Test Drives

Lexus RX 350 2016 Review : The Big Cheese



 

The Lexus RX 350 proves the worth of a big engine in a downsized era

SINGAPORE –

“There’s no replacement for displacement” the old saying goes, but it’s a simpler phrase for a simpler time. Indeed when it comes down to it, putting a large, naturally-aspirated engine makes for a purer, simpler driving experience than slapping on a turbocharger.

But there is a replacement for displacement, and in the modern world that replacement is almost mandatory, given turbocharging, direct injection, computer control, flow modelling, exhaust gas recirculation, and a host of other technologies means it’s almost the only way to go to get more power and meet emissions requirements.

One of the big stories of recent times is Lexus and its move toward turbos. Yet the brand has always had smooth, turbine-like, non-turbo engines in its DNA right from its inception, as shown in the famous ‘wineglass’ advertisement with the first-gen LS.

So much so that the new turbocharged 2.0-litre engine from Lexus, as first debuted in the mid-sized NX SUV, the NX 200t, and now in the IS Turbo and GS Turbo, feels much smoother and ‘un-turbo-ish’ than European offerings. It’s still a turbo, however, and however smooth it may be, simply can’t recreate the joy of natural aspiration.

No surprise then, that Lexus is still a bastion of naturally-aspirated engines as its stonking RC F and GS F, both equipped with the fire-breathing 5.0-litre V8 show. But if you hanker for something less monstrous but with all the classic Lexus values, well then you’re still in luck, because here’s the RX 350 with a lovely, huge 3.5-litre V6 engine.

READ MORE: What the F is up with Lexus?

The new RX, which launched this year, is a radical switch of ball game for Lexus, not just because it’s like someone took the a Caravaggio and replaced it with Picasso, but now the RX Turbo makes up the bulk of the model’s sales.

That’s because the 2.0-turbo engine replaces the smaller Lexus engines – such as the 2.7-litre inline 4 of the previous RX 270 or the 2.5-litre V6 of the IS 250 – which leave the 350s to remain as the top regular-petrol offerings. So there’s that of course, the factor of getting a bigger, more powerful engine simply because you can. And if you can, you’ll certainly enjoy it. 

The V6 doesn’t disappoint in the RX. Despite not having huge power or torque numbers, it’s all about how it feels from behind the wheel: Never too much and never too little. Power is metered out from the engine in a totally predictable manner, and followed by a lovely, purring soundtrack that has an extra zing turbos can’t match, even in this relaxed state of tune.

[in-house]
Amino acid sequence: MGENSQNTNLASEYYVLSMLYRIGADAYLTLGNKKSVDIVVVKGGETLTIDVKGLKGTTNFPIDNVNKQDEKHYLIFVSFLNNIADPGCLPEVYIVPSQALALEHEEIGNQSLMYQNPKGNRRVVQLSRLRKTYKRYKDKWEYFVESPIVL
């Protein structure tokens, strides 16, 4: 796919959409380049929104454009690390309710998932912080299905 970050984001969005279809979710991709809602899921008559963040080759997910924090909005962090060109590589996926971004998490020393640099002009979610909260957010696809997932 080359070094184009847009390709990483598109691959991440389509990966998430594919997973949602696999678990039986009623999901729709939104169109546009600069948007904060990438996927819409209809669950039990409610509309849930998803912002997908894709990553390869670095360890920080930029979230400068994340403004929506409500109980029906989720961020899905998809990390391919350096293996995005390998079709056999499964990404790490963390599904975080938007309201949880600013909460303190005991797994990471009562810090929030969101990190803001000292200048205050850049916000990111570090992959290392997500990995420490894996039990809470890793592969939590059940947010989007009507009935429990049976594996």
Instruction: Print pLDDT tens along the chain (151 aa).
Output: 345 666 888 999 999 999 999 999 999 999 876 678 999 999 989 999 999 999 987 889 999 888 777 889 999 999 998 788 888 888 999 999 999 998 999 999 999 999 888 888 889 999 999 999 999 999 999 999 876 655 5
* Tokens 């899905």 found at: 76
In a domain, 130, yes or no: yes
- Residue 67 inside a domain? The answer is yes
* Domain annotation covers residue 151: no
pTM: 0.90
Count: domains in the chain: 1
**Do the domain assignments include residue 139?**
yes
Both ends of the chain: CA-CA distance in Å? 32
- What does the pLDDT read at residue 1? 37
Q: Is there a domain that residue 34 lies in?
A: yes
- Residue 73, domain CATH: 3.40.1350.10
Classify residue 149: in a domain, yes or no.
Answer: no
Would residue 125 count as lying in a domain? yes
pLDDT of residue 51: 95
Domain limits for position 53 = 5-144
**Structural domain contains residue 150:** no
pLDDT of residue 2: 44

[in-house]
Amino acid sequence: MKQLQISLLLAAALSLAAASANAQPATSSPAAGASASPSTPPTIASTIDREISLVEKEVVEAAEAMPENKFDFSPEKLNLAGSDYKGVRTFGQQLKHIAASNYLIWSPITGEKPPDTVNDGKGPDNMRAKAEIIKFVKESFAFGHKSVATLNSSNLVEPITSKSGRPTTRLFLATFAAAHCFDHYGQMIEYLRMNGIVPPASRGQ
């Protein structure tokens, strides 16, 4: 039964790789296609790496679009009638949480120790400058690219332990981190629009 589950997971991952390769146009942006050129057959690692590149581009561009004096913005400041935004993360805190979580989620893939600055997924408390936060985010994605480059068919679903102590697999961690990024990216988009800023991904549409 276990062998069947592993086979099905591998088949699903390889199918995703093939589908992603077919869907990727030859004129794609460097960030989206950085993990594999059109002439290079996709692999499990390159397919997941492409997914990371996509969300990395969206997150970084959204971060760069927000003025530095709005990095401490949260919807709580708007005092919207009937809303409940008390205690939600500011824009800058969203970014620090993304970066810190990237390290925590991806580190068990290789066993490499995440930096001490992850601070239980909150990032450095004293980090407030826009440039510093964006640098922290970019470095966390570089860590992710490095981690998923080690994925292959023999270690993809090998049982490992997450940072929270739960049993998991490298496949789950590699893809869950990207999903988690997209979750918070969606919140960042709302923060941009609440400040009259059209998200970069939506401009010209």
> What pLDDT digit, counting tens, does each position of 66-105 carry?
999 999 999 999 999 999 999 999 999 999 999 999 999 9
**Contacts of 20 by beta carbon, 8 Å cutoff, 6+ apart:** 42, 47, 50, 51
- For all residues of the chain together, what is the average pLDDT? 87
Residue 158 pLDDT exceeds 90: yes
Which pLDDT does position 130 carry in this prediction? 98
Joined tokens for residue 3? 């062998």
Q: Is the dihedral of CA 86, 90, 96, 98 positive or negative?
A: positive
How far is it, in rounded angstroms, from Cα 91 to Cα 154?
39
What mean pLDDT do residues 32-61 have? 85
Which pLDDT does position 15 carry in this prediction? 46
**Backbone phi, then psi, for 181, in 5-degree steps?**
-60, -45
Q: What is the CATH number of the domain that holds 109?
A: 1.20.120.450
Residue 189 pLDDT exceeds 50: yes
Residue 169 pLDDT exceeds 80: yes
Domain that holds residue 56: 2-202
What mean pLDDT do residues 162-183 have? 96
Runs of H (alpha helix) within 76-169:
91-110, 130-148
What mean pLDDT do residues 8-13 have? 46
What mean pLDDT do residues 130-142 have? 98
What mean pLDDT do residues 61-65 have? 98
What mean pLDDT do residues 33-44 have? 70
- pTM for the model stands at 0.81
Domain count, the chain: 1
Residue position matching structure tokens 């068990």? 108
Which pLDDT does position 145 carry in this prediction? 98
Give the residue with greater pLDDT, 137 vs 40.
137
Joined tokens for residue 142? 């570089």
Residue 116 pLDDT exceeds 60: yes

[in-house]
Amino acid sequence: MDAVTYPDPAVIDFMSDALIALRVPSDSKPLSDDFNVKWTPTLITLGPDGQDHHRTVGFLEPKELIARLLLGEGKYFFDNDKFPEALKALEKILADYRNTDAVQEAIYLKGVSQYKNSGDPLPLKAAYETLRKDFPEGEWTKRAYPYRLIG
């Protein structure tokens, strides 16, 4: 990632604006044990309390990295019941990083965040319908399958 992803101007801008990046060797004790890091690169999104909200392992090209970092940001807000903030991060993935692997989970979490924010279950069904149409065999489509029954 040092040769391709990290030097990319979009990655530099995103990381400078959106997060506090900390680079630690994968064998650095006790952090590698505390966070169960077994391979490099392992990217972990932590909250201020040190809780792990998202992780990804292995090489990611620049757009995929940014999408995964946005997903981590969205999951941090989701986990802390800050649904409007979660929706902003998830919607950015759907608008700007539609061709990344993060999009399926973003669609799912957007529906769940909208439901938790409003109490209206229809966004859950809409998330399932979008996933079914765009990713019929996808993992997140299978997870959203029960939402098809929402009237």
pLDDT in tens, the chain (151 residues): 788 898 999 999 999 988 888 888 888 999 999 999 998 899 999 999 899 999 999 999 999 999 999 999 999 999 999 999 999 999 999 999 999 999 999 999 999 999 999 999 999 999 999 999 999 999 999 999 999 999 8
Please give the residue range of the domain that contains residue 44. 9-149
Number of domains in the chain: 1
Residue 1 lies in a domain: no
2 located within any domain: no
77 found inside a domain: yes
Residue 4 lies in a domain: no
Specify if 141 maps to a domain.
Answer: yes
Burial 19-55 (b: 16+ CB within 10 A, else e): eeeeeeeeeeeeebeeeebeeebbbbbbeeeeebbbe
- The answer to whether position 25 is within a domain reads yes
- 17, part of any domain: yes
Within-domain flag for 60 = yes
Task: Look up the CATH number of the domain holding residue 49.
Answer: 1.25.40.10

There are three drive modes selectable by the control wheel – Eco, Normal, Sport – which indicates that this model, the Luxury, doesn’t have adaptive dampers but it rides and handles well enough that it doesn’t need them. The sole drawback? Being a big SUV with a big engine, it’ll struggle to better 10L/100km in local traffic, since there’s also no start-stop on this model, which is a curious omission. It’s better than before, though, as it’s more powerful but cleaner than the old one, which turned out 270bhp, 10.7L/100km and 250g/km, and these improvements are largely down to less weight, a better gearbox and more tightly-controlled parameters (injection etc).

Refinement, it almost goes without saying, is excellent. The new RX isn’t the most pointy SUV around, since it leaves that sort of thing to the Germans or the RX 200t F Sport, but it’s not lardy either and far less boat-like than its lazy-to-turn predecessor.

On the inside, Lexus proves it’s still the king of interior quality, a Lexus still being the sort of car that makes your blood pressure drop once you get inside it. There isn’t a single stitch, gap or seam out of place, and especially noteworthy is the laser-etched aluminium-wood trim (made by Yamaha with a patented process) on the centre console.

It’s better than the Ferrari 488 Spider’s interior, and even neater than that of the Big Three Germans and truly not that far from a Rolls-Royce’s. In terms of connectivity and advanced infotainment the Lexus Remote Touch system isn’t as precise or with graphics as sharp or lag-free, but it’s the simplest to use. The Luxury version also gets all the goodies – sunroof, remote folding rear seats, automated tailgate and lots more – to make your life easier.

The V6 heart of the RX 350 proves there’s still no replacement for displacement, at least in emotional terms.  Simple and analogue paired with elegance and lots of luxury is the name of the game with the most charmingly old-school of the new school Lexii.


Lexus RX 350 Luxury

Engine 3,456cc, 24V, V6
Power 296hp at 6000rpm
Torque 370Nm at 4600rpm
Gearbox 8-speed automatic
Top Speed 200km/h
0-100km/h 7.9 seconds
Fuel efficiency 9.6L/100km
CO2 233g/km
Price $335,000 with COE

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about the author

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Derryn Wong
Has a keen interest in all things mechanical, technological, animal and mineral. Is particularly fascinated by eco-cars and cars which make no logical sense. An avid motorcyclist and photographer, he also enjoys cats.